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Countries with the Most and Least Gender Equality

The World Economic Forum's Global Gender Gap report measures gender inequality in various nations by focusing on the gaps between men and women in the economic, political, educational and health spheres. Thus, countries that are most equal aren't required to have great conditions for either gender, but one sex won't be far better off than the other.

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Here are the top 10 most and least equal countries, according to 2009 measurements, along with the type of language (gendered, natural gender or genderless) spoken in each:

Countries with the most gender equality, from most to least:

1. Finland (tie with Iceland), genderless

2. Iceland (tie with Finland), natural gender

3. Norway, natural gender

4 Sweden, natural gender

5. South Africa, genderless

6. Denmark (tied with Ireland), natural gender

7. Ireland (tied with Denmark), gendered

8. The Netherlands, gendered

9. Germany (tied with Latvia, Sri Lanka & Switzerland), gendered

10. Latvia (tied with Germany, Sri Lanka & Switzerland), gendered

11. Sri Lanka (tied with Germany, Latvia & Switzerland), gendered

12. Switzerland (tied with Germany, Latvia & Sri Lanka), gendered

Countries with the least gender equality, from least to most:

1. Yemen, gendered

2. Chad, gendered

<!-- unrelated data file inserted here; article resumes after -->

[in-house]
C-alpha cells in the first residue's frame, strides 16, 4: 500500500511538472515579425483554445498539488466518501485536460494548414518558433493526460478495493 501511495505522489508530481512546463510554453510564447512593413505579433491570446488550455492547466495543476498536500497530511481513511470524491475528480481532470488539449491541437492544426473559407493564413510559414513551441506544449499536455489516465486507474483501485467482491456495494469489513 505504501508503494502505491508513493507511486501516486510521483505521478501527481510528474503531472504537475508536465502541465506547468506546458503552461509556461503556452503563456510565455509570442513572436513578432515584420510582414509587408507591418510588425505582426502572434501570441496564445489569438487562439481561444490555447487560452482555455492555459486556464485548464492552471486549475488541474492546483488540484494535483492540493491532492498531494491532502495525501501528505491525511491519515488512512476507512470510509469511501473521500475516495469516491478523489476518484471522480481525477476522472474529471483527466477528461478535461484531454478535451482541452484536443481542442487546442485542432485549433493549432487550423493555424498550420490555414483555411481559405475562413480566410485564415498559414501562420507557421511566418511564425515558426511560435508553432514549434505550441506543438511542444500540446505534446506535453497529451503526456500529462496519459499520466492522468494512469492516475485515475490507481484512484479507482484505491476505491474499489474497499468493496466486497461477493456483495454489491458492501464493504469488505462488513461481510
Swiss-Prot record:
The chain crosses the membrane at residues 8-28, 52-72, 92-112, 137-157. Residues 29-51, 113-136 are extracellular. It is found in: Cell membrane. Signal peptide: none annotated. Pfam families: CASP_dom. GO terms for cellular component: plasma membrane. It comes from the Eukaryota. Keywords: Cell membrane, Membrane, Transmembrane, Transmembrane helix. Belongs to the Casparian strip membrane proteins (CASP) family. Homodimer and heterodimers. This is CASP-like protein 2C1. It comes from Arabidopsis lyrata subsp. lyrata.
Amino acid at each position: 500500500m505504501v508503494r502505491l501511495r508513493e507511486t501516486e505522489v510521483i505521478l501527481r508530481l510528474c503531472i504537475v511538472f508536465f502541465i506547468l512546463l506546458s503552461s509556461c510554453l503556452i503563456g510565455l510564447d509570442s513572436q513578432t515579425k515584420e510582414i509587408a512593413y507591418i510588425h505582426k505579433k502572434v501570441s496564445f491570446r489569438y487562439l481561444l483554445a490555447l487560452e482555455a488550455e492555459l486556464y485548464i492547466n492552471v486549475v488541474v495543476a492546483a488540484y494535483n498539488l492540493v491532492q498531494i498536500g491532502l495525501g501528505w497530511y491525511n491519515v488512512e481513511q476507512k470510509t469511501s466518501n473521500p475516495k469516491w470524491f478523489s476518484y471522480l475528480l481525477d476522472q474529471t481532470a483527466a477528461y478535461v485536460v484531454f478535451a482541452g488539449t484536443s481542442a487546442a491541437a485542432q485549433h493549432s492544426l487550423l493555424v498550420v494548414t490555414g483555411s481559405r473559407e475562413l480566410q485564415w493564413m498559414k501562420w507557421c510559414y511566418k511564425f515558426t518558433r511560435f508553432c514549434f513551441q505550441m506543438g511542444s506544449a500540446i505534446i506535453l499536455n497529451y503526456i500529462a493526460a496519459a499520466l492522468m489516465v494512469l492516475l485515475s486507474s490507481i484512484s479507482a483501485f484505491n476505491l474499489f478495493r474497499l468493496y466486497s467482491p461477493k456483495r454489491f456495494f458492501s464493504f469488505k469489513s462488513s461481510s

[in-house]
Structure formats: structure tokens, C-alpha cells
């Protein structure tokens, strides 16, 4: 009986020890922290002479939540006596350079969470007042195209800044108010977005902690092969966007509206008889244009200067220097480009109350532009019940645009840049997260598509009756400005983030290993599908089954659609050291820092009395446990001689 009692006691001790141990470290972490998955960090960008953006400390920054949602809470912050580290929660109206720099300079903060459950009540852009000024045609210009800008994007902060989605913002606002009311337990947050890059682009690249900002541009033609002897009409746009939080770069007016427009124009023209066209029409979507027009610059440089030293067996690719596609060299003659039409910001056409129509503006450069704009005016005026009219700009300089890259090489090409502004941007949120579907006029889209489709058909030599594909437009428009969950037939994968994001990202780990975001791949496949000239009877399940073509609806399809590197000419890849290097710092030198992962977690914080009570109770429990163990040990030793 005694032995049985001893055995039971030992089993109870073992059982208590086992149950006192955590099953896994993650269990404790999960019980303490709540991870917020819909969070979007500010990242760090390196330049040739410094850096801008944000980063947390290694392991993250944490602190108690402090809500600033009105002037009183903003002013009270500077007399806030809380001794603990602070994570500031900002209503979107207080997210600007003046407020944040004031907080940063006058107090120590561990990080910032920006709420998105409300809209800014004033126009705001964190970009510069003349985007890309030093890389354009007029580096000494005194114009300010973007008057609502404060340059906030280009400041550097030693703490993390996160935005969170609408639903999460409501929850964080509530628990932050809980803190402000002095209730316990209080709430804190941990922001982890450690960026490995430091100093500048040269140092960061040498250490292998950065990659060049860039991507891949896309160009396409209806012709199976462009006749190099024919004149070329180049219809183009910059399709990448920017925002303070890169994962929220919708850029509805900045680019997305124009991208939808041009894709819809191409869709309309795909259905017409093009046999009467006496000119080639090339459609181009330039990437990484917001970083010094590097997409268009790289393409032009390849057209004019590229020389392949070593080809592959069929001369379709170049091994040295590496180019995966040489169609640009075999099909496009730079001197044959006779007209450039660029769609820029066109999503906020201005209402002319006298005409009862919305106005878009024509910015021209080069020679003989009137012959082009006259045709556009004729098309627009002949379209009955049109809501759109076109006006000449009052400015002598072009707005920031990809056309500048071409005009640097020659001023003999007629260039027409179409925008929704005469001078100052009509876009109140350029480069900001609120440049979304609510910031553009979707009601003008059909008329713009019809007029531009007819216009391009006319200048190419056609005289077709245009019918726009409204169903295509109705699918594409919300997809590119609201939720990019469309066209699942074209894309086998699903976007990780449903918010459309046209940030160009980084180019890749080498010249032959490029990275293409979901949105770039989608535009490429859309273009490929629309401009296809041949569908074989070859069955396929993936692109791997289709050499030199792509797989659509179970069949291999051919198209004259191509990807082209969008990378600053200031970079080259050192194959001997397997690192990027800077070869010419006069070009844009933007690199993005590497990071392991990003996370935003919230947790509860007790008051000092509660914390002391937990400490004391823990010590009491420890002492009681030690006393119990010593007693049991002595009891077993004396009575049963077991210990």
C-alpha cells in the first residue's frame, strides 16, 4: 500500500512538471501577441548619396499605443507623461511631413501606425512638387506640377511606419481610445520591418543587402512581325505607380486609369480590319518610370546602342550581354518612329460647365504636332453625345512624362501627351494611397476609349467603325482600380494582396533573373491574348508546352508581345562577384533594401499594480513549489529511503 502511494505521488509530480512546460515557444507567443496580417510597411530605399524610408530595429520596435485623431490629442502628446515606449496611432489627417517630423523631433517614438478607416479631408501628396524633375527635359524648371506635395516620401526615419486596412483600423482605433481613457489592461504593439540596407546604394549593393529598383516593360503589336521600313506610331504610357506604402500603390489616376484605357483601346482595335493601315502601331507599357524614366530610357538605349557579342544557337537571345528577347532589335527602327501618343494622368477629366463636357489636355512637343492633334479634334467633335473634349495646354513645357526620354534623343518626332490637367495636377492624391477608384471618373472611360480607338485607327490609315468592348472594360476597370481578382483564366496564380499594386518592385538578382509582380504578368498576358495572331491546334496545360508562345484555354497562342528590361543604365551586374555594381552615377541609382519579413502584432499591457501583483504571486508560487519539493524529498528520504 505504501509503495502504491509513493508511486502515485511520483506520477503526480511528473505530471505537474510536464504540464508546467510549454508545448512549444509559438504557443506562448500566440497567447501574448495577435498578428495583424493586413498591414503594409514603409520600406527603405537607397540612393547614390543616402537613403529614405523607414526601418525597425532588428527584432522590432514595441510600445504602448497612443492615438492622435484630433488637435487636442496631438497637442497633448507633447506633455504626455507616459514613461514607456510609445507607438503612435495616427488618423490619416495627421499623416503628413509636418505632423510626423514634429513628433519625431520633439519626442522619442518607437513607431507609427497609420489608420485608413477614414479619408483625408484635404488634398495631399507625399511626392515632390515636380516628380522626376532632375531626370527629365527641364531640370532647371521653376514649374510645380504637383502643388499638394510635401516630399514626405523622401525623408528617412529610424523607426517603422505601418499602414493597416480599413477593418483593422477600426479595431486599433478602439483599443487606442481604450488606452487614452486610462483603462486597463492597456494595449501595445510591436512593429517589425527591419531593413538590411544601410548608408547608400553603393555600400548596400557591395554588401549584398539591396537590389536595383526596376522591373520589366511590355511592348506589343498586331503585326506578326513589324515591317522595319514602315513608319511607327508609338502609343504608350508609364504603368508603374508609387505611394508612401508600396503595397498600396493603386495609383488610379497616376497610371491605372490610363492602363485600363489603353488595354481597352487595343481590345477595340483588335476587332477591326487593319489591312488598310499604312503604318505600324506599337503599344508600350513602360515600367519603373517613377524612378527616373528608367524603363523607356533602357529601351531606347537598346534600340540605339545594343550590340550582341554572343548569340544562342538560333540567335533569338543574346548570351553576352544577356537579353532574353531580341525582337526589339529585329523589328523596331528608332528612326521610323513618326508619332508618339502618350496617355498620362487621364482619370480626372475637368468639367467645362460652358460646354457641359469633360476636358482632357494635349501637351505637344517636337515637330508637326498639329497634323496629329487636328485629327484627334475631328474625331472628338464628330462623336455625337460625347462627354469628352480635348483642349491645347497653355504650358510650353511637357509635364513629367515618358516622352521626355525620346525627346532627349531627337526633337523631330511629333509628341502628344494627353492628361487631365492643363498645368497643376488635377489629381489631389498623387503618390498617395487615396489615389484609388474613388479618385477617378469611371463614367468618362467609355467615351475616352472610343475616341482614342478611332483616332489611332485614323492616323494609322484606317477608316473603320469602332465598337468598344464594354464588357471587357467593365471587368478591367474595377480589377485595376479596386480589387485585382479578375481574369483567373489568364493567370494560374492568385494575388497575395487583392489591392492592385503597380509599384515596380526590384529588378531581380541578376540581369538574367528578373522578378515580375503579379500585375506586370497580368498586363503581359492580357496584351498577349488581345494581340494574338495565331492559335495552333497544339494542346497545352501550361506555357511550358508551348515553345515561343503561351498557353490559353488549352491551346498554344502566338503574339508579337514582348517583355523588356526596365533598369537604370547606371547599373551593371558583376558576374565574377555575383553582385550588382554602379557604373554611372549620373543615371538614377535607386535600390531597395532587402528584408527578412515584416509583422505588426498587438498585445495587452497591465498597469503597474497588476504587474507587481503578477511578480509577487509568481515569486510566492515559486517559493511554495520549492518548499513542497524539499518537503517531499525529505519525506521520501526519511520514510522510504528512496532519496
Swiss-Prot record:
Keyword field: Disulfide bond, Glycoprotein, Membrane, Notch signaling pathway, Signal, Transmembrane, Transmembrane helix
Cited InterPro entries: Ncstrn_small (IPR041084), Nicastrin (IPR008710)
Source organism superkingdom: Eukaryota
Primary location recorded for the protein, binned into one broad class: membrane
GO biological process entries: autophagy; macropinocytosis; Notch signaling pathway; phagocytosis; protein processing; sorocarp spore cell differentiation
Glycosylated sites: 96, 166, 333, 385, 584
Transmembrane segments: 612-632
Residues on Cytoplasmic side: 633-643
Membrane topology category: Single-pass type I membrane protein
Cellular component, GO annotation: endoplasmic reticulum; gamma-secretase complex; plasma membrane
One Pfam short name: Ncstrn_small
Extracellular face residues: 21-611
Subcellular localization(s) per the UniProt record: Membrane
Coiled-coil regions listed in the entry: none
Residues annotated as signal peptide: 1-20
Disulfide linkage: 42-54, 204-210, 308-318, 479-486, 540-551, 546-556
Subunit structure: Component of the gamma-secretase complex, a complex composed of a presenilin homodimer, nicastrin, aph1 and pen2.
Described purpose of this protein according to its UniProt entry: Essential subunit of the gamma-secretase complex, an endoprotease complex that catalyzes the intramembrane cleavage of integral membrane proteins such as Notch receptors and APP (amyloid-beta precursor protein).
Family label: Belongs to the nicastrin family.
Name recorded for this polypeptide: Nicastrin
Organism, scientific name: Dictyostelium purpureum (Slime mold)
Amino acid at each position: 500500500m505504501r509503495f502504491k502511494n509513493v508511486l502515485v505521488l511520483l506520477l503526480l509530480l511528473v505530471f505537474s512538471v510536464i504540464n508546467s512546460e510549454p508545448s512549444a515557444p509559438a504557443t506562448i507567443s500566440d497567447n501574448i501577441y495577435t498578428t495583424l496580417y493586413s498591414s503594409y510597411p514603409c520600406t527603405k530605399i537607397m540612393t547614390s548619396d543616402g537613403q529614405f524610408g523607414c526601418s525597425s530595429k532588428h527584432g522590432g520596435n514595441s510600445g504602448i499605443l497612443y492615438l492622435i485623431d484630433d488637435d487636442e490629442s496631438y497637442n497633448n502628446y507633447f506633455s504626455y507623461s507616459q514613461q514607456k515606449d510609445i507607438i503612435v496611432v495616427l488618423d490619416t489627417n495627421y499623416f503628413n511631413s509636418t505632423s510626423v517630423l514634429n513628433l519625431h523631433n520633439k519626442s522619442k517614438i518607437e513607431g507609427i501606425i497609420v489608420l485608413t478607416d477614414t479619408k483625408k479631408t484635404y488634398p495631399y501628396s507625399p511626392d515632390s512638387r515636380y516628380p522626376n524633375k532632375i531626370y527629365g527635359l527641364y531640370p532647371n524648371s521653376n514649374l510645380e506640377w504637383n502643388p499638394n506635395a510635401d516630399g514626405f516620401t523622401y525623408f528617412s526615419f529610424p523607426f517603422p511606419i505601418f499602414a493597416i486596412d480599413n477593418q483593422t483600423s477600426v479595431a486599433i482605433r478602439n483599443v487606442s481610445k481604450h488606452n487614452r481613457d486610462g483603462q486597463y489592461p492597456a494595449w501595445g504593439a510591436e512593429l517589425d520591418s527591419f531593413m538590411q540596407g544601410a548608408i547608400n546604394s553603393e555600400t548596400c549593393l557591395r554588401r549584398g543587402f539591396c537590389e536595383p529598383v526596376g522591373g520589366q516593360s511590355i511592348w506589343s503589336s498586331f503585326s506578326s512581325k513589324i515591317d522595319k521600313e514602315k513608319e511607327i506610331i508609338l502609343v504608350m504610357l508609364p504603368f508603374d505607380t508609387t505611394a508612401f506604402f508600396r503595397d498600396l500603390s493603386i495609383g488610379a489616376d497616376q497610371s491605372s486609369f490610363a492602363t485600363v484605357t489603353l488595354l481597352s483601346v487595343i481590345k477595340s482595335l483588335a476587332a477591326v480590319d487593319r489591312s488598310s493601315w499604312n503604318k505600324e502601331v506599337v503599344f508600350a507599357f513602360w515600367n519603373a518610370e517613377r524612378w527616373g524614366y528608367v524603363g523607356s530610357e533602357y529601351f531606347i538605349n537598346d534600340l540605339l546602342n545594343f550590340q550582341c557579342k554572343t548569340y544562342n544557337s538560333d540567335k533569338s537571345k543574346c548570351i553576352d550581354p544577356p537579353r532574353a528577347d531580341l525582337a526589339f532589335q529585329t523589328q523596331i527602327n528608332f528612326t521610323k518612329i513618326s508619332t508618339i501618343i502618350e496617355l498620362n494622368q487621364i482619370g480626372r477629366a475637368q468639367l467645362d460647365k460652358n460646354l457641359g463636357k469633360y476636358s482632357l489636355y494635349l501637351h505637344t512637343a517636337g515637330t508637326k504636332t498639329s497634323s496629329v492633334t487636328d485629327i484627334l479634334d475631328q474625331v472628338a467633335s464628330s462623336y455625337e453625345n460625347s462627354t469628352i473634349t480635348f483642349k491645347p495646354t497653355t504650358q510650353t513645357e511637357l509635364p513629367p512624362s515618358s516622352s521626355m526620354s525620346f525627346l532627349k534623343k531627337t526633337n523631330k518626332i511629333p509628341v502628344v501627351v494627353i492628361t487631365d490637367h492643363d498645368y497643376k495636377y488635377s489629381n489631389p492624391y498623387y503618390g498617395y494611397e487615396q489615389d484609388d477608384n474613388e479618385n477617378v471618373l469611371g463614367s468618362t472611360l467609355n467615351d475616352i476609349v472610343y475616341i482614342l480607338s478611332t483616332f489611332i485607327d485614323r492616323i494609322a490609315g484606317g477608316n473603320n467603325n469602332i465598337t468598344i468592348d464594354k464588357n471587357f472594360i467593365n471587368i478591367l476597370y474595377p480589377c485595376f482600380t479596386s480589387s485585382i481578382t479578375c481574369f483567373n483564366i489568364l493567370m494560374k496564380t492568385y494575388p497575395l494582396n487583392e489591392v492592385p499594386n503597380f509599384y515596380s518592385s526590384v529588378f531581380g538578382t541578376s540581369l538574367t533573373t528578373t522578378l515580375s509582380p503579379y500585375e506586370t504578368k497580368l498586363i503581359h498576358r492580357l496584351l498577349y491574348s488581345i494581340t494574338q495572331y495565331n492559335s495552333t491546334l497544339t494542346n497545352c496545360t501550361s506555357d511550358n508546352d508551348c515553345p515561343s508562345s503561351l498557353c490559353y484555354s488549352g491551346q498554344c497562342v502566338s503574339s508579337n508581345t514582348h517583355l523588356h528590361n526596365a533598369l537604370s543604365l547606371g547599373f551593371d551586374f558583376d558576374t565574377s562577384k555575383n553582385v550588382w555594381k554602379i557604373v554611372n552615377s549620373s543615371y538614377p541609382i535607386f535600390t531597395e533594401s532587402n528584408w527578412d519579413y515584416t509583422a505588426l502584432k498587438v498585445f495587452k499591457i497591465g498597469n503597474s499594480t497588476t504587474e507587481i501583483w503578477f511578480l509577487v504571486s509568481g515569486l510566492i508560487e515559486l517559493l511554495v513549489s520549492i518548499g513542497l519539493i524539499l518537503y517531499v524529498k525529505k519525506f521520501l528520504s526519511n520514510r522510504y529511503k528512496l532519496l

3. Pakistan, gendered

4. Saudi Arabia, gendered

5. Turkey, genderless

6. Iran, genderless

7. Qatar (tied with Oman, Morocco, Ethiopia & Egypt), gendered

8. Oman (tied with Qatar, Morocco, Ethiopia & Egypt), gendered

9. Morocco (tied with Qatar, Oman, Morocco, Ethiopia & Egypt), gendered

10. Ethiopia (tied with Qatar, Oman, Morocco, & Egypt), gendered

11. Egypt (tied with Qatar, Oman, Morocco & Ethiopia), gendered

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Stephanie Pappas
Stephanie Pappas is a contributing writer for Live Science. She covers the world of human and animal behavior, as well as paleontology and other science topics. Stephanie has a Bachelor of Arts in psychology from the University of South Carolina and a graduate certificate in science communication from the University of California, Santa Cruz. She has ducked under a glacier in Switzerland and poked hot lava with a stick in Hawaii. Stephanie hails from East Tennessee, the global center for salamander diversity. Follow Stephanie on Google+.